Break ups devastate those who experience them. Whether it’s a mutual separation or a hard contentious split, parting from a former loved one hurts. For the duration of a relationship, our identities are, at least in part, defined by our boy friends or girl friends. We identify with being a team or someone’s other half, and when that person is severed from our lives, the emotional toll can hit us hard.
Harley Quinn (Margot Robbie) is one such case. In the newly released DCEU movie Birds Of Prey: And The Fantabulous Emancipation Of One Harley Quinn, Harley is down on her luck after dumping her beau: the Joker. Despite how she initiated the break up, Harley is distraught. In the opening scene, she gets sloshed at a club run by a criminal dubbed Black Mask (Ewan McGregor) and announces her break up to all of Gotham City by stealing a truck and ramming it into an Ace Chemicals building, one of Harley’s and Joker’s former meetup spots. It’s a terrific scene and sets the movie’s stylistic tone, preparing the audience for the mayhem ahead.
Harley’s actions, however, have repercussions. By making her break up with the Joker into a public spectacle, everyone in Gotham that views her unfavorably (and let’s be clear: there are A LOT of people she has wronged) has declared open season on Harley. Being with the Joker gave Harley immunity (no one wants to mess with the Joker after all), but now, many bad people with a score to settle are after her. The various villains and gangsters pursuing Harley with a vengeance don’t take her seriously. Her identity as a villainess had been entwined with the Joker, but now that Harley is a solo clown princess of crime, they see her as vulnerable, nothing without the man she once stood behind.
This is an ingenious story angle that only a woman could create. Cathy Yan, Birds Of Prey’s director, created a wonderful female empowerment film with comic book flair. As a character, Harley Quinn is defined by her relationship to the Joker. When created for the great Batman: The Animated Series, Harley is a doting and dutiful girl friend even though the Joker berates her, emotionally and sometimes physically abusing her. Whether in comics or in the cartoons, Joker’s and Harley’s courtship represents a love story gone horribly wrong, and even though Suicide Squad, Harley’s live-action debut, neglected this core part of her character, Birds Of Prey swoops in to correct this cinematic miscue. If you’re a longtime fan of her character, it’s everything you could ever want.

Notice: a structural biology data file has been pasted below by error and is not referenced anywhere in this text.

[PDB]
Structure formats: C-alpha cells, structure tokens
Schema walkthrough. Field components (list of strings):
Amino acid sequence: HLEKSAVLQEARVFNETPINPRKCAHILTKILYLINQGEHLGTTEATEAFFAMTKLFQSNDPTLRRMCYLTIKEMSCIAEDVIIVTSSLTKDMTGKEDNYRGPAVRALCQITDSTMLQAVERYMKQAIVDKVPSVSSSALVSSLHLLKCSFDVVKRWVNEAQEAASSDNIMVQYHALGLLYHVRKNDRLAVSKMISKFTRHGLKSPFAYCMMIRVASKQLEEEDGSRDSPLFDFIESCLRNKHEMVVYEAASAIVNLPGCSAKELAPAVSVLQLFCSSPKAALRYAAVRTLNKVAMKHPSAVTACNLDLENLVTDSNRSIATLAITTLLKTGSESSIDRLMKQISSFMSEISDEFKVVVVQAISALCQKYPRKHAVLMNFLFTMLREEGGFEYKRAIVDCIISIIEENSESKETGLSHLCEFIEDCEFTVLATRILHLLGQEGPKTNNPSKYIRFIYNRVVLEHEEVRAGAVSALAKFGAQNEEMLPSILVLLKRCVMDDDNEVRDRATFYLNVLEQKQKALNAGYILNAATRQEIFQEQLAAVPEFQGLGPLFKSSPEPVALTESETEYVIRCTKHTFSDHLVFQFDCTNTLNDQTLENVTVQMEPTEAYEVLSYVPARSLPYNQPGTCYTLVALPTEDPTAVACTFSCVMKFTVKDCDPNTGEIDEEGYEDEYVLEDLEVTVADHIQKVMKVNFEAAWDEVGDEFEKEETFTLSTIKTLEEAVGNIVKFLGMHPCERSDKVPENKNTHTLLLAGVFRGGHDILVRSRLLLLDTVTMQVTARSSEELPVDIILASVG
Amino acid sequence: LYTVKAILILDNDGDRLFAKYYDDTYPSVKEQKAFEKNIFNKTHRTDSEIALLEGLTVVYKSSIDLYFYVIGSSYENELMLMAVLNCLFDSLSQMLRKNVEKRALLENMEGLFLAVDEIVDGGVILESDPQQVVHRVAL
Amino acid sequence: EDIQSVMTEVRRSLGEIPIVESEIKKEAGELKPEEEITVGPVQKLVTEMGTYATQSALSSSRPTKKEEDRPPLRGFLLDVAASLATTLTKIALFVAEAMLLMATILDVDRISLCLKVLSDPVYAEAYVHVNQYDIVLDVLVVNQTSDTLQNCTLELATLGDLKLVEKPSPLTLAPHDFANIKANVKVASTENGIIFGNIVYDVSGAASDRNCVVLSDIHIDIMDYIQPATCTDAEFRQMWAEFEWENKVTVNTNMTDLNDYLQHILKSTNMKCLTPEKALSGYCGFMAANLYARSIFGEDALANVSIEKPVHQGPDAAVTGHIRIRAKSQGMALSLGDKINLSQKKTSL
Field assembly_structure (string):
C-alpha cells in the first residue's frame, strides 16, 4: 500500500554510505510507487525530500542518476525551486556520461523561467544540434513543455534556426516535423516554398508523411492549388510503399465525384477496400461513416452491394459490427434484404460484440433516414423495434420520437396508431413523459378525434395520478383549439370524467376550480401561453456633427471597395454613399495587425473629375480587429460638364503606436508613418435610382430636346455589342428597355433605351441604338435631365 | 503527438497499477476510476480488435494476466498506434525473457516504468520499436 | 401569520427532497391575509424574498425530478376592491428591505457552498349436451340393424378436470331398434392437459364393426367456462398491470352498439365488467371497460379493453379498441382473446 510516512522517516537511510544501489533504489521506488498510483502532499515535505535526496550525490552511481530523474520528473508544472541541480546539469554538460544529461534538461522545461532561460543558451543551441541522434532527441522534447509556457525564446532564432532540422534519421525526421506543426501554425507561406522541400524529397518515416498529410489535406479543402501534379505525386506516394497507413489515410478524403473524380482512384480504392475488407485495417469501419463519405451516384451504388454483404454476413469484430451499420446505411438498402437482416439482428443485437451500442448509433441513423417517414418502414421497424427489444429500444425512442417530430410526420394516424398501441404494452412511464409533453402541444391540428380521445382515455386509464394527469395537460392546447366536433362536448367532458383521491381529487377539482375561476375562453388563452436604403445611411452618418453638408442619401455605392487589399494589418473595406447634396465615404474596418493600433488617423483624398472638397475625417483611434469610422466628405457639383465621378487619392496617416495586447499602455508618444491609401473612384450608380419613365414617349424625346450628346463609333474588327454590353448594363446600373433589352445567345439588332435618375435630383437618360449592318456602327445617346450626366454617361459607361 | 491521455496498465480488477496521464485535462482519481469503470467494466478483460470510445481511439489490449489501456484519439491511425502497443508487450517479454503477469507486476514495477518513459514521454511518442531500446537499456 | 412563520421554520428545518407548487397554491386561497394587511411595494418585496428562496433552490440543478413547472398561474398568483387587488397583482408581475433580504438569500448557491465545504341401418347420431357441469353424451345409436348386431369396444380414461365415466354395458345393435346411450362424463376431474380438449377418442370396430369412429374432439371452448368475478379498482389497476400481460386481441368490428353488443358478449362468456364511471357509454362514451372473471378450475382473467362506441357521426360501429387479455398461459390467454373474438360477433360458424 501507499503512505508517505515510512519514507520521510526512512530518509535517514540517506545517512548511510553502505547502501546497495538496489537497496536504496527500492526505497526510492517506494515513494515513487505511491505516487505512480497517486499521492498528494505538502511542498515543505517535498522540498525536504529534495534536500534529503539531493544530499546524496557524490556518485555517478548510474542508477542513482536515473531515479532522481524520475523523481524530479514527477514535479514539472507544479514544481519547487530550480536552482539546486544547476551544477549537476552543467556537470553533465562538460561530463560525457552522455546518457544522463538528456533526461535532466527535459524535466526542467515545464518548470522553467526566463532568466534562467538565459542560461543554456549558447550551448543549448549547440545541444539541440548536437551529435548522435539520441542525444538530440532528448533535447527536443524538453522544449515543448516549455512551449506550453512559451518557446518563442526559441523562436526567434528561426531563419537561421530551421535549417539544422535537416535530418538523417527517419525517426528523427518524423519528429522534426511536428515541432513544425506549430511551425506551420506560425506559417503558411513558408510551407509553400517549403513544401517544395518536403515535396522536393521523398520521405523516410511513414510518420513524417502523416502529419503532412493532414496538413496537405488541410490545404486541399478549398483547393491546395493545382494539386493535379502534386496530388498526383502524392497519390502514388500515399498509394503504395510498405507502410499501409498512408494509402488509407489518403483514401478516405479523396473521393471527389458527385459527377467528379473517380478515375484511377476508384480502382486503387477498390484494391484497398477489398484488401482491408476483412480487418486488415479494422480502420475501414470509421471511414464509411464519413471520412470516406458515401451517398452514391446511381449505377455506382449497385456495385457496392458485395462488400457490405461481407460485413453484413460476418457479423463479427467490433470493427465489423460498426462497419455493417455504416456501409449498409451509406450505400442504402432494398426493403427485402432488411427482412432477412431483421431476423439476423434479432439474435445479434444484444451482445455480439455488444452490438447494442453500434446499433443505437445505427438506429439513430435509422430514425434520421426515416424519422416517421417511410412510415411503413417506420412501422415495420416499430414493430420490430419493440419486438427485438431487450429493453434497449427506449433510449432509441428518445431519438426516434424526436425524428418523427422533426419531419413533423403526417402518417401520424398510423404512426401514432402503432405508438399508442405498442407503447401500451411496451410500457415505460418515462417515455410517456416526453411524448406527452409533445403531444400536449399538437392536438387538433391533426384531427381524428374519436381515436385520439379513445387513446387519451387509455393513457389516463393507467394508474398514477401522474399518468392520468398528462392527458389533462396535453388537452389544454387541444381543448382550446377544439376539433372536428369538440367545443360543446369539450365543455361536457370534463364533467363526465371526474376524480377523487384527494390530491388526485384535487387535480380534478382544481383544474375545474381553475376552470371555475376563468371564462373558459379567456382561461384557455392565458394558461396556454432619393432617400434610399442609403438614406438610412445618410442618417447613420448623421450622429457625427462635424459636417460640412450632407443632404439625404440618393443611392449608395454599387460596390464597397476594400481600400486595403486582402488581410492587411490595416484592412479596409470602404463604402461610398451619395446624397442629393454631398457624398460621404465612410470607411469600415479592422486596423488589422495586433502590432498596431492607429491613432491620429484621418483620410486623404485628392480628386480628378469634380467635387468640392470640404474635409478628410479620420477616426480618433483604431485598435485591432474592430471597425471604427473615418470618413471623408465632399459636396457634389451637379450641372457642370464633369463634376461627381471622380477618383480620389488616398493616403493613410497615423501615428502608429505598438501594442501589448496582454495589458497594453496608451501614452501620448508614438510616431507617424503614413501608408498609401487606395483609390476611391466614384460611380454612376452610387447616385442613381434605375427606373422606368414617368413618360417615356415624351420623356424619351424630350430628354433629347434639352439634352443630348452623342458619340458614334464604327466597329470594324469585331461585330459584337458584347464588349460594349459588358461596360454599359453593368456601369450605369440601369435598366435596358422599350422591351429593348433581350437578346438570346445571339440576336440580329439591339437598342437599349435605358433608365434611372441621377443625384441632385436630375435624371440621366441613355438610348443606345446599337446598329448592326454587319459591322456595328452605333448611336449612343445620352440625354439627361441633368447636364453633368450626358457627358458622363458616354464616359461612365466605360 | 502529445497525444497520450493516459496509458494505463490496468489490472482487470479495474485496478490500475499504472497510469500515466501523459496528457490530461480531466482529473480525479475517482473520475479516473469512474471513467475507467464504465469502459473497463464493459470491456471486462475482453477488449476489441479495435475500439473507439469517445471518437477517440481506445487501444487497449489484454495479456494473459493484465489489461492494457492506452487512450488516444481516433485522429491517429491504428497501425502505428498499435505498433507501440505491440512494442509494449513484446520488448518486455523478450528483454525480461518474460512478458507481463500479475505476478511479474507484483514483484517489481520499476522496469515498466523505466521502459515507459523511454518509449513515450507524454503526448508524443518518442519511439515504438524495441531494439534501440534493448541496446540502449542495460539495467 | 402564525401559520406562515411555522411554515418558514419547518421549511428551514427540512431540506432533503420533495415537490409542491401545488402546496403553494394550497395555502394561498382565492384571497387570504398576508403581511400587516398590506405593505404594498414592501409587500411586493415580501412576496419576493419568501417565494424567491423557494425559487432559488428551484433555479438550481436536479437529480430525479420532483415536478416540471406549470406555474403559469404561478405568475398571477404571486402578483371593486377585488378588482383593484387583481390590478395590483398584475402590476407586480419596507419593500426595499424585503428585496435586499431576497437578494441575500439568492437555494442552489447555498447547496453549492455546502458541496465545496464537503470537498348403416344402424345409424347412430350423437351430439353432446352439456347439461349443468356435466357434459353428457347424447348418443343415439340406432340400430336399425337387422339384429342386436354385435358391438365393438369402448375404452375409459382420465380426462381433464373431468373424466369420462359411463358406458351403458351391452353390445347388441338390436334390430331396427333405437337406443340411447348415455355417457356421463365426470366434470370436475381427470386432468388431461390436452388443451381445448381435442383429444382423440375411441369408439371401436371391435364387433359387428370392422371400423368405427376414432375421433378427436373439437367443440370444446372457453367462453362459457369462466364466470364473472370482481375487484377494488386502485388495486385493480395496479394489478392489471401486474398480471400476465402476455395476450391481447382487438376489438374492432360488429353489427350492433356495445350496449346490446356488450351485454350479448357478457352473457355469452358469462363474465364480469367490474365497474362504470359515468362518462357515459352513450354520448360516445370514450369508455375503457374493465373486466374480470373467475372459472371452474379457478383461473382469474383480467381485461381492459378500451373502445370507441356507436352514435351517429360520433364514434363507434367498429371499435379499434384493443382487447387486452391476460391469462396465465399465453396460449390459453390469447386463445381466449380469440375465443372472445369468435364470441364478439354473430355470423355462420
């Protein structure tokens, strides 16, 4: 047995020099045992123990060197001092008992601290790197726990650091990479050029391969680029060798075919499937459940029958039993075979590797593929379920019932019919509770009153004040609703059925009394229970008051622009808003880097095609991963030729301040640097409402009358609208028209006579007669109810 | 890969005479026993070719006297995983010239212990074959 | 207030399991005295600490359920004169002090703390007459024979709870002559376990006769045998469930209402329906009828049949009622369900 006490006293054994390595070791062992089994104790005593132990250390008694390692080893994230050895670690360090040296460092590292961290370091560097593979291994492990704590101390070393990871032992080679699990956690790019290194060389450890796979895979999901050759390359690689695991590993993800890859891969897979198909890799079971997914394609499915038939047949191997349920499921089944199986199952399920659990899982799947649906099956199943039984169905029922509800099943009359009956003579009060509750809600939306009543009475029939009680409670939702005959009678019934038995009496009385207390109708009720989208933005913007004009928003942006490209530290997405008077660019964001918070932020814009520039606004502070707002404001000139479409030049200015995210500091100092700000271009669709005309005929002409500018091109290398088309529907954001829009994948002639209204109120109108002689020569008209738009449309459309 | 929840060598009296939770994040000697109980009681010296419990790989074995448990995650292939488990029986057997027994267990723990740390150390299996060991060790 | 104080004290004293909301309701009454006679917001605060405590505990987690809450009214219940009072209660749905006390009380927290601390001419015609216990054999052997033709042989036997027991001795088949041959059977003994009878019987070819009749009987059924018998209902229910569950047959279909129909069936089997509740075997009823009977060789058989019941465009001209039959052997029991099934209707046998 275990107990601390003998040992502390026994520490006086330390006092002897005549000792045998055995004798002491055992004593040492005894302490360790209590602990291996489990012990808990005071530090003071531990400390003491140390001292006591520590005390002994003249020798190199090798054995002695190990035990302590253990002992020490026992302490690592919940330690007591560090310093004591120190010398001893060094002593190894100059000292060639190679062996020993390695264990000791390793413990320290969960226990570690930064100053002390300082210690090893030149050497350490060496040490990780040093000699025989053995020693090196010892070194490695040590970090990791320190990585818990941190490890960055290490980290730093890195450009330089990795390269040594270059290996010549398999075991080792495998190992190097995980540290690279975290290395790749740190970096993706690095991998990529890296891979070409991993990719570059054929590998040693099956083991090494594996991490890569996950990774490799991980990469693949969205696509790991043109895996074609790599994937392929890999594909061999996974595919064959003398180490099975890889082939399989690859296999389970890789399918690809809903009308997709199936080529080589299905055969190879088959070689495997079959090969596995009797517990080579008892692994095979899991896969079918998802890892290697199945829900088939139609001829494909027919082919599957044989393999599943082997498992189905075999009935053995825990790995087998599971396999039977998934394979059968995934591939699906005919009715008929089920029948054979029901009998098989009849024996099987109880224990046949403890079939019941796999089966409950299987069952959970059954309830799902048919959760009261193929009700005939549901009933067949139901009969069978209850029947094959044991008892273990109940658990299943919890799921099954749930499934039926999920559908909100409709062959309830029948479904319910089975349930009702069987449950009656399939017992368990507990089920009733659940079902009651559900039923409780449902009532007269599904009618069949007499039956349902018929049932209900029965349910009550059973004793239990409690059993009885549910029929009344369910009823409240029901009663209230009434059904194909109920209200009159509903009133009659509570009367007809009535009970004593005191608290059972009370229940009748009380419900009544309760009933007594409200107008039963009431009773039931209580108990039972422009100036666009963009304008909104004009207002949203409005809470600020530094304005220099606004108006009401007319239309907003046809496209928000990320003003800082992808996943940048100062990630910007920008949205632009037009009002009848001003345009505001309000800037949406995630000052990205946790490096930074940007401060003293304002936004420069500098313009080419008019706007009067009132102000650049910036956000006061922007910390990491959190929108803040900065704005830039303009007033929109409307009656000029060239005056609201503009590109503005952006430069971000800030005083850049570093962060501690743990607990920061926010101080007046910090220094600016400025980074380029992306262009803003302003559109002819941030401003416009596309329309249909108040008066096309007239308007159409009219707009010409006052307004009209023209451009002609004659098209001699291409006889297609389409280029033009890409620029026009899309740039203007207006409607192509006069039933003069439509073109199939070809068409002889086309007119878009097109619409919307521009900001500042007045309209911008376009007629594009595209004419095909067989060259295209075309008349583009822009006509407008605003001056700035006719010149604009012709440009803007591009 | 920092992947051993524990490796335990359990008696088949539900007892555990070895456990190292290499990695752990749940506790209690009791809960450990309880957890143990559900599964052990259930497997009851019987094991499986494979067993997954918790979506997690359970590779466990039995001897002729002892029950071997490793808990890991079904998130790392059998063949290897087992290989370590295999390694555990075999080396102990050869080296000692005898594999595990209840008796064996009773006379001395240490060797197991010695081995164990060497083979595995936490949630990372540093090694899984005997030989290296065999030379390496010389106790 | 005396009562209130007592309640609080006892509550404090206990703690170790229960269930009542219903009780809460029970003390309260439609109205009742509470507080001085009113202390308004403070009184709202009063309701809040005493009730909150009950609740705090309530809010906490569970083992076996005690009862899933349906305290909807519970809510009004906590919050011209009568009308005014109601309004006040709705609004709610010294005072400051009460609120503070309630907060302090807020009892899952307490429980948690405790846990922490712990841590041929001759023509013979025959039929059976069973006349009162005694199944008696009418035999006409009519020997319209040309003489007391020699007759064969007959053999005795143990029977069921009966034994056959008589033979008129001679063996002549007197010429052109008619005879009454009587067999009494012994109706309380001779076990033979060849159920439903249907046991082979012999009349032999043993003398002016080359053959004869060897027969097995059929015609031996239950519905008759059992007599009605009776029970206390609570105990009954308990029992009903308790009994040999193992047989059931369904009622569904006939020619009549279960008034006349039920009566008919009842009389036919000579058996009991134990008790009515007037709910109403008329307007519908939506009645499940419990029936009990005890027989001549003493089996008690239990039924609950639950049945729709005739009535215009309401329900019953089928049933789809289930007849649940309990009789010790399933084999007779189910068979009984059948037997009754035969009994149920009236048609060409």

Harley’s quest for independence is propped up by Birds Of Prey’s banger of a story. After her split from the Joker, Harley cuts a deal with the crime boss Black Mask. In return for finding a jewel held by the young pick-pocket Cassandra Cain (Ella Jay Basco), Harley will be given Black Mask’s personal protection. Harley’s mission, however, becomes complicated because many dangerous parties are trying to find Cassandra and the jewel as well. Most notable among these jewel seekers are the cop Renee Montoya (Rosie Perez), Black Mask’s bodyguard Black Canary (Jurnee Smollett – Bell), and the vigilante Huntress (Mary Elizabeth Winstead), and for Harley, it’s a race against these women, other gangsters, and time.
The story complements Harley’s journey to self-respect. Through vibrant on screen action, thematic feminist under-pinnings, and Robbie’s nuanced frenetic performance, the drama and character development hinges on whether Harley can grow into being her own woman. Separate from both Joker and Black Mask, can she become independent and capable in her own right? Or will she crumble under the pressure like everyone expects her to? It’s a really nifty character dilemma that hooked me from start to finish.
The Birds Of Prey in the Birds Of Prey aren’t slouches either. The characters of Renee, Black Canary, Huntress, and Cassandra further enhance the film’s girl power themes. Whether it’s the men in the precinct taking credit for Renee’s stellar detective work, Cassandra’s lack of role models, Huntress’ pursuit of vengeance after her family was slaughtered by a rival gang, or Black Canary being stuck in a toxic workplace environment, Birds Of Prey is a comic book vehicle for female empowerment. Concealed behind the stylized R-rated action and comedic banter, Birds Of Prey contains a golden heart, and despite the outlandish scenarios that these characters find themselves in, their attempts to uppercut a male dominated world are completely relatable.
Black Mask acts as a great foil for our anti-heroines. McGregor plays this misogynistic baddie with a childlike menace. While Black Mask often presents himself as a cool mob boss, he regularly goes on violent tantrums when events don’t go his way, and seeing as he is a man in power, that makes him incredibly dangerous. Black Mask views the people who work for him (women especially) as human adornments to his collection of wealth, and when a deranged psychopath has no restraint barring them from their worse impulses, innocent people suffer. In this regard, Black Mask is one of the DCEUs best villains yet and gives Harley and the Birds Of Prey a terrifically terrible antagonist to overcome.
By the end, Birds Of Prey marks a highpoint for modern DC comic book movie adaptations. Beyond displaying colorful action and fun character beats, Birds Of Prey tells a feminist fable about how women like Harley Quinn, Renee Montoya, Black Canary, Huntress, and Cassandra Cain must adapt and defeat a patriarchal world that consistently forces the fairer sex to play second fiddle. The intense fight choreography and playful action set pieces are merely a delicious garnish. Birds Of Prey cinematically personifies a good female empowerment message that aims true.